When I first heard that the man behind Lost and Fringe was planning rebooting Star Trek I was extremely apprehensive. I have been a fan of Gene Roddenberry?s Star Trek for as long as I can remember. I was introduced to the show when I was very young, as both of my parents had watched the original series. I grew up watching Star Trek: The Next Generation mainly but I also grew to love the original series. As I grew younger my love the various Star Trek shows increased as I watched Deep Space Nine and Voyager. Enterprise and the last two movies tough made me afraid that I had seen the apex of Trek popularity and that Paramount had lost its way and desire to keep the franchise alive, I suspected that if they had resorted to hiring J.J. Abrams to try and pull popular culture into the franchise that I probably wanted nothing to do with the new movie.

Later on though I wavered in my opinion after seeing some of the first trailers that were released. The one that sticks in my mind is the trailer showing shadowy steel workers wielding together the frame of what appeared to be a Constitution class vessel and shot of a young man that I assumed to be a newer James T. Kirk watching a ship yard on Earth building a starship that maybe Mr. Abrams indeed did know what he was doing. I started to do some reach on him and realized rather quickly that he was at least a much of a Trekkie as myself and my hopes were raised a bit higher! I managed to attend a showing of the movie on the opening week and all my hopes were confirmed!

The movie takes place in an alternate time frame from the 23rd-century Star Trek of the 1960?s and all of the members of the U.S.S. Enterprise are still cadets at Starfleet Academy or very early in their Starfleet careers. An emergency occurs on the planet Vulcan and Starfleet has to rush all available cadets into service as the majority of the fleet is occupied in another part of space. Kirk, Spock, McCoy, and company are assigned to the Enterprise under the command of another Original Series staple, Captain Pike!

Oh, and before I forget the Venerable Lenard Nimoy makes an appearance as a much older Spock, Live Long and Prosper Sir! I think I will stop here for those of you who have not had the opportunity to watch this excellent movie and give you my impressions of the film.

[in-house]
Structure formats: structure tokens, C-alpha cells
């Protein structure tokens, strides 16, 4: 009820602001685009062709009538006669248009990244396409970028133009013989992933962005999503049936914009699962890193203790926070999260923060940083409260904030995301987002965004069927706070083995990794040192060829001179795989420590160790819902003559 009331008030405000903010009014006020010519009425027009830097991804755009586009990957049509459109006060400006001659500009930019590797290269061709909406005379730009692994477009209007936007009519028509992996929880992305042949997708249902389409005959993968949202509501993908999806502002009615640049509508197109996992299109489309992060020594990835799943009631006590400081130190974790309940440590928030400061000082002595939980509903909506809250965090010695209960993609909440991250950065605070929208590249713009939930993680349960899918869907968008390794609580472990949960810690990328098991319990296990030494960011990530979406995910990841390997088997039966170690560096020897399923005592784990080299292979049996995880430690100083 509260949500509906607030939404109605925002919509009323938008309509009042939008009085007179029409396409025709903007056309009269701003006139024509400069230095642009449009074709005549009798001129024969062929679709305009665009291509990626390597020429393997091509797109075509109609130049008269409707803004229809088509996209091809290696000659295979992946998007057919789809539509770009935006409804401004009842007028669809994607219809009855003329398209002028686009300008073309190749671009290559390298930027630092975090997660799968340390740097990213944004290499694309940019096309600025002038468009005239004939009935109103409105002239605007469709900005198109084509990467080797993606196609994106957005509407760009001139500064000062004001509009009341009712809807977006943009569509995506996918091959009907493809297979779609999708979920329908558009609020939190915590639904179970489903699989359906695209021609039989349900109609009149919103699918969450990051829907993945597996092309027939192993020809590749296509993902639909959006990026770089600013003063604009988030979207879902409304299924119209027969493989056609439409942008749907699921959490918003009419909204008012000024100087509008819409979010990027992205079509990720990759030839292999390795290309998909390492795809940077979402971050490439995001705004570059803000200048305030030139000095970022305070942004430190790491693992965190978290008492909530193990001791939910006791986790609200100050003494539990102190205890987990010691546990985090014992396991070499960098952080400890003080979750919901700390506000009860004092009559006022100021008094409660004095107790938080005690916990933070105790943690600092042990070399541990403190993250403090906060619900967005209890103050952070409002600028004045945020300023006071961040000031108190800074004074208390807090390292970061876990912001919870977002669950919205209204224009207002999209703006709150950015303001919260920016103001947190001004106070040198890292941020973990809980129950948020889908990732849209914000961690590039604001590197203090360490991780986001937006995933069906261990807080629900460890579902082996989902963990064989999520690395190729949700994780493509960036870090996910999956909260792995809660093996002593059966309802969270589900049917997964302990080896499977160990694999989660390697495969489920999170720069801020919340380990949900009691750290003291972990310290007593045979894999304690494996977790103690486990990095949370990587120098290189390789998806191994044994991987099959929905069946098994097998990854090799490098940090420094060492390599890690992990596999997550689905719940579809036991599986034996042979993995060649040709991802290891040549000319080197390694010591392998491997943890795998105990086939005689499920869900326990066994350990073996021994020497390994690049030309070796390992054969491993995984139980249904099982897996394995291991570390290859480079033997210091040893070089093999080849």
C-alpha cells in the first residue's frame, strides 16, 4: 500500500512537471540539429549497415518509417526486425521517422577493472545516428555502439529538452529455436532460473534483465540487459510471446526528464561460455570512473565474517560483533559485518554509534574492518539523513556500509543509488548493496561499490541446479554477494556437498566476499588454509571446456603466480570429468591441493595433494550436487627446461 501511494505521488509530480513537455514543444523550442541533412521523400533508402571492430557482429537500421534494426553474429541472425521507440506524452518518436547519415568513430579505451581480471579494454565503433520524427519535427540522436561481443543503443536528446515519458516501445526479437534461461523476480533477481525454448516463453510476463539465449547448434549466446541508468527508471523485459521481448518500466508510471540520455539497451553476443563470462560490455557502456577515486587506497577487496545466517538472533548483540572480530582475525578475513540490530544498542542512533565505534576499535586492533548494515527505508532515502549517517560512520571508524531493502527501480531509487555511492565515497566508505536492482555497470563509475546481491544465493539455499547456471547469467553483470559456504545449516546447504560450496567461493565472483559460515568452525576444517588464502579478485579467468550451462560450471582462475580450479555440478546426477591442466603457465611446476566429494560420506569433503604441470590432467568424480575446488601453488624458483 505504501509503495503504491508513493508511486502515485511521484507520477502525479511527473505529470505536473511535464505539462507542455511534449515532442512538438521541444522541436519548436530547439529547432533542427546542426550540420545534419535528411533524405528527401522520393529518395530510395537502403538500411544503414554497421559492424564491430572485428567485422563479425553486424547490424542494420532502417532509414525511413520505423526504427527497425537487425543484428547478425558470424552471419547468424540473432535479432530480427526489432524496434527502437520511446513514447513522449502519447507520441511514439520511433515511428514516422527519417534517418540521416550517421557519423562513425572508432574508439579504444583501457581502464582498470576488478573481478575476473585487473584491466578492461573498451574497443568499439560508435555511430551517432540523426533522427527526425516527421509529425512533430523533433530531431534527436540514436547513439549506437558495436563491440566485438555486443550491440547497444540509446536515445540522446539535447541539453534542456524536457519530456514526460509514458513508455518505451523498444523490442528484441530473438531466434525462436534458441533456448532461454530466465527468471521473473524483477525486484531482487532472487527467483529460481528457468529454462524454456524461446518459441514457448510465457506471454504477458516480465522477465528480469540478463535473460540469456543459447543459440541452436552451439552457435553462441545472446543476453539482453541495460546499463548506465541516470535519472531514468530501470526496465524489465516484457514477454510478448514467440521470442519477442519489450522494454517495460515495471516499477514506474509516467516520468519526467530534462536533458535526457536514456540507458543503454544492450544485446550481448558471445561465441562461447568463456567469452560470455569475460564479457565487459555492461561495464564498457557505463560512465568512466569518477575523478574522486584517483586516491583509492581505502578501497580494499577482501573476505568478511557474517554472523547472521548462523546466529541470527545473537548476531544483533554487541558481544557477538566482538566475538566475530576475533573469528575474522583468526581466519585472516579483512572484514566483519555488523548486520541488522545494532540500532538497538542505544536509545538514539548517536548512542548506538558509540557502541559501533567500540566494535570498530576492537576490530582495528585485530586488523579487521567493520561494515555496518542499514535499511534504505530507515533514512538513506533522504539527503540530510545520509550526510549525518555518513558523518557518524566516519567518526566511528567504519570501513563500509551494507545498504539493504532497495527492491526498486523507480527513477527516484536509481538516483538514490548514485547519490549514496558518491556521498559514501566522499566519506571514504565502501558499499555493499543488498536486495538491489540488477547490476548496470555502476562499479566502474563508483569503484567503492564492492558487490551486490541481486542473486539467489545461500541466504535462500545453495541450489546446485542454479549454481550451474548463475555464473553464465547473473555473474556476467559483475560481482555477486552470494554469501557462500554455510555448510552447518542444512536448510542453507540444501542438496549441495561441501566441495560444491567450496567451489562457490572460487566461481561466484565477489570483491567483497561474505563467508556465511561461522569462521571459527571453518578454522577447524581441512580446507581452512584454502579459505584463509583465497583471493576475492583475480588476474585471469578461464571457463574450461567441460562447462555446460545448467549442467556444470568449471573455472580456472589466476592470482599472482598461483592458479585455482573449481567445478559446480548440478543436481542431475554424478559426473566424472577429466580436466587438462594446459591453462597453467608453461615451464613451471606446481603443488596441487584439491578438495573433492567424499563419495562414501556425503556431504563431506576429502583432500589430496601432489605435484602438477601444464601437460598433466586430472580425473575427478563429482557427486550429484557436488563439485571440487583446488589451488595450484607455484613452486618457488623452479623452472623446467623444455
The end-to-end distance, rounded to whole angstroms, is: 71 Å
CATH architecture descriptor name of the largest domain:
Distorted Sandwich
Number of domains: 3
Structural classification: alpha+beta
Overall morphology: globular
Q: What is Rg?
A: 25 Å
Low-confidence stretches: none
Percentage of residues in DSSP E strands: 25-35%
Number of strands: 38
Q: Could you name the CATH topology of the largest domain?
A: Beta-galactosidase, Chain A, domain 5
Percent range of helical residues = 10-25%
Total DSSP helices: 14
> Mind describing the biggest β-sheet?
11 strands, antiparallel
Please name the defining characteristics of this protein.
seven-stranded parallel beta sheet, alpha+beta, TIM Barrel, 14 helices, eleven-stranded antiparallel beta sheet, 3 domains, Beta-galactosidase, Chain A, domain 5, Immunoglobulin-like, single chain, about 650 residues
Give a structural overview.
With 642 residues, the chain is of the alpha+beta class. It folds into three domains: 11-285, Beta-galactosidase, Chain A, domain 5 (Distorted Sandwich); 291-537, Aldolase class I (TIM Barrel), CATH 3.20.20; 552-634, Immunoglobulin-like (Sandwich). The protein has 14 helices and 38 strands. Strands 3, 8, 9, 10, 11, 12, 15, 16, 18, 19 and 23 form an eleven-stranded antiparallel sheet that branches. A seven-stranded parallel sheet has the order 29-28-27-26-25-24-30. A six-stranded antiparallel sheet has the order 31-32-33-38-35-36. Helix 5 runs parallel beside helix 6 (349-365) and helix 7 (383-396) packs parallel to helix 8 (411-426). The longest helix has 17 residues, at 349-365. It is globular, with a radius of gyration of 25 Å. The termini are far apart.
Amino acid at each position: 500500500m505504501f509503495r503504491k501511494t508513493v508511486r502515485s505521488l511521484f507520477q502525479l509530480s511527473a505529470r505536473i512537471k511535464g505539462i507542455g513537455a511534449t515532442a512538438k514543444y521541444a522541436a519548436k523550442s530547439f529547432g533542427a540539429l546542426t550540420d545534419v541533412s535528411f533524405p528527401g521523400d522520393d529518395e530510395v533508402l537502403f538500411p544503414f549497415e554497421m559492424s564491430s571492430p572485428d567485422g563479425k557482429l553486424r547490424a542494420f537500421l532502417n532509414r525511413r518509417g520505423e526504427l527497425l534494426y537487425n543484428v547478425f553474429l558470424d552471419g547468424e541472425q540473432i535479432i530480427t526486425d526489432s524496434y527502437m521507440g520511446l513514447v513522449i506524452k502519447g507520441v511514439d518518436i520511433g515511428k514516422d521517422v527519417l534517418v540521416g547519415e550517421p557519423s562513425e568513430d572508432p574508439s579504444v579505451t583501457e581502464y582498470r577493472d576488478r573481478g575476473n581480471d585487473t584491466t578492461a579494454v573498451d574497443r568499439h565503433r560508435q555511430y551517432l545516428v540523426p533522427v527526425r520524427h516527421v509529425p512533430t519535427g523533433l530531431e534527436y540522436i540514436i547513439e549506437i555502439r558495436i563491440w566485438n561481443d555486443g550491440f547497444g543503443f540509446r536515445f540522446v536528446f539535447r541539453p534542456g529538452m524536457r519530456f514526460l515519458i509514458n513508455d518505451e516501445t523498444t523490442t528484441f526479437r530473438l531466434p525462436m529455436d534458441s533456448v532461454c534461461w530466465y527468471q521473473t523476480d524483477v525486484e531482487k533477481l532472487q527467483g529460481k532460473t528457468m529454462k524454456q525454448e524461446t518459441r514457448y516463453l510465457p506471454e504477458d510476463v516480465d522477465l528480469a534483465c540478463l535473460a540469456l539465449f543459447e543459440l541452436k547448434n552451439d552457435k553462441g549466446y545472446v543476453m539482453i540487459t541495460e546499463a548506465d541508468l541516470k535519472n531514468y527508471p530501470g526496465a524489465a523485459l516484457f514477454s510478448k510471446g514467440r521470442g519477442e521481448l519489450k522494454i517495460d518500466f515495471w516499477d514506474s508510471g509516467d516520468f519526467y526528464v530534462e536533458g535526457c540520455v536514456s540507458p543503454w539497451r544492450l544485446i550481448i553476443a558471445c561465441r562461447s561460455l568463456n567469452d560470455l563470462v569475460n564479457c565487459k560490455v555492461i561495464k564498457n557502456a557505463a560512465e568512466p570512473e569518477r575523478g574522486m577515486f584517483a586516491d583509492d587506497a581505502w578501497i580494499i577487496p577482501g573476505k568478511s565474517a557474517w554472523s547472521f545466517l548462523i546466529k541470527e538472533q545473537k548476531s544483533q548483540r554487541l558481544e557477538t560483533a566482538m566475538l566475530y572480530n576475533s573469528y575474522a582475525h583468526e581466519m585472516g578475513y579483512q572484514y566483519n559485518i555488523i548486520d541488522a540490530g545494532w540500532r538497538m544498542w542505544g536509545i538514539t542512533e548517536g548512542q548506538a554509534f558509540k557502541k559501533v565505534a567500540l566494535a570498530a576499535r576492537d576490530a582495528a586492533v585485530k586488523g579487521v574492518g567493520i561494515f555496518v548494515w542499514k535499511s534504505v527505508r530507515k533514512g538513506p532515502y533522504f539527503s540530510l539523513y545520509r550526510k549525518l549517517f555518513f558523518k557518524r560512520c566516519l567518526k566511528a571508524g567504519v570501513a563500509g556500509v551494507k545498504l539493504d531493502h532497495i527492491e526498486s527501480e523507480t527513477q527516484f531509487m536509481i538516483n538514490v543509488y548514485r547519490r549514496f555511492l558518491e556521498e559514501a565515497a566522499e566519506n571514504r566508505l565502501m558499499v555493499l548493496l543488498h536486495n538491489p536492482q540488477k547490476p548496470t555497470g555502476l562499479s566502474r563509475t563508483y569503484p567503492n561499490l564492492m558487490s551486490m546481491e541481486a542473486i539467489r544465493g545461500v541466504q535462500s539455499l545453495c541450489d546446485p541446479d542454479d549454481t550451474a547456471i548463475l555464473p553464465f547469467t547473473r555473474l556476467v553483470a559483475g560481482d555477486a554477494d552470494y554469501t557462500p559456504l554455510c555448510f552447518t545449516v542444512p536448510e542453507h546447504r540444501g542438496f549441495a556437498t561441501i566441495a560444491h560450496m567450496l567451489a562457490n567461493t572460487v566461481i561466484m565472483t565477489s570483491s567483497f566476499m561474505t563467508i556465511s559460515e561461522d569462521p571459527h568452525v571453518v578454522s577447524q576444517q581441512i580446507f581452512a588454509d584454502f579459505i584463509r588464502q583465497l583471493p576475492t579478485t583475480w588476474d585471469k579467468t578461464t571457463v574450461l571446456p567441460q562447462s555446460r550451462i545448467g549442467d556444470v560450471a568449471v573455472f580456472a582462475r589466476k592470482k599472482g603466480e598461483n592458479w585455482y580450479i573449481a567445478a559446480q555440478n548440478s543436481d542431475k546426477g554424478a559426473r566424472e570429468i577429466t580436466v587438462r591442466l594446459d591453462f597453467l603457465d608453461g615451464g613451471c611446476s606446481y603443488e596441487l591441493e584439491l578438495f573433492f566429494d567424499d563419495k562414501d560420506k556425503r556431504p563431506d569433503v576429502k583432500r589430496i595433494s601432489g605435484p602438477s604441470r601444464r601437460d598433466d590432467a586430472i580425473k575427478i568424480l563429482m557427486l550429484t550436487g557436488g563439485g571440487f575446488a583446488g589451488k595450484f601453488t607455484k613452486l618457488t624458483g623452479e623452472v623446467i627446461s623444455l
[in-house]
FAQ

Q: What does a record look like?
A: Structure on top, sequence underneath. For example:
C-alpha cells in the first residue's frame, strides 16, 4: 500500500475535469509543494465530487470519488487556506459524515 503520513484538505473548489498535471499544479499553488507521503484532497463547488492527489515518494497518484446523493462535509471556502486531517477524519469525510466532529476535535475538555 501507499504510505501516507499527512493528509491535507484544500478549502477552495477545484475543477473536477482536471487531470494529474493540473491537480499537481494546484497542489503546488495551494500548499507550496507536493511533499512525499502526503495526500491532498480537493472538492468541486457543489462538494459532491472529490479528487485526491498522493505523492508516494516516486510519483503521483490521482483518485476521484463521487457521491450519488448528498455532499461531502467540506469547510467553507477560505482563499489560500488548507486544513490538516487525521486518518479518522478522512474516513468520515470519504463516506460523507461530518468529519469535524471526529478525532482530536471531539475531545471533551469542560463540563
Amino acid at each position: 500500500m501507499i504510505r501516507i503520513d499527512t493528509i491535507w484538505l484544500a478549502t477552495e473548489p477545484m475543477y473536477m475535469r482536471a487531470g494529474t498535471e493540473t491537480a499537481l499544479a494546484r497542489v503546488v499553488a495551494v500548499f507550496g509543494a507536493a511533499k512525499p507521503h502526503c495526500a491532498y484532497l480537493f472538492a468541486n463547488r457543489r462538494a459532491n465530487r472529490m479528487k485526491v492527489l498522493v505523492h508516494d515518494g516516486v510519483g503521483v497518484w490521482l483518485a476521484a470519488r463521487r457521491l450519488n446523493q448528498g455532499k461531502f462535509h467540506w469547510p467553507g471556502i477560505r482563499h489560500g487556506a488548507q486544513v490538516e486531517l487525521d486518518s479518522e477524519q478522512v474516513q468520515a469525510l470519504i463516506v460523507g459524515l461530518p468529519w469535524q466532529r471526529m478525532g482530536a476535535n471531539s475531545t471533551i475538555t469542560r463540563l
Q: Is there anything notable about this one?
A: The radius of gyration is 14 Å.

I must admit that I got chills watching it and I felt that the movie?s production team did an excellent job of creating a world that is modern and futuristic and yet still has the look of the 1960?s of the show that I grew up watching. The effects, of course, are fantastic as Abrams tapped George Lucas? Industrial Light and Magic to make finish making the world believable and after watching the DVD special features and listening to the commentary It appears that ILM is full of fellow Trekkies who wanted to make this move the epic return of Star Trek to the big screen.

I personally think that Paramount has begun to redeem itself to die-hard fans such as myself after the failures of Nemesis and the far too short-lived Enterprise. I hope that Abrams makes a sequel as I think he has managed to channel the essence of Roddenberry?s dream of the future and has given the franchise a much-needed ?kick on the pants? that hopefully will make Trek available to a whole new generation of Trekkies to be!

  • Lisa Sheldon

    I was a big fan of the original Star Trek. I never watched any of the other series. I too was apprehensive about this movie, but decided to watch it any way. I loved the movie! I thought it was wonderful that they went back to when they were in training and showed how they got to be on the USS Enterprise. It had great drama, comedy and special effects. A great tribute to the original show.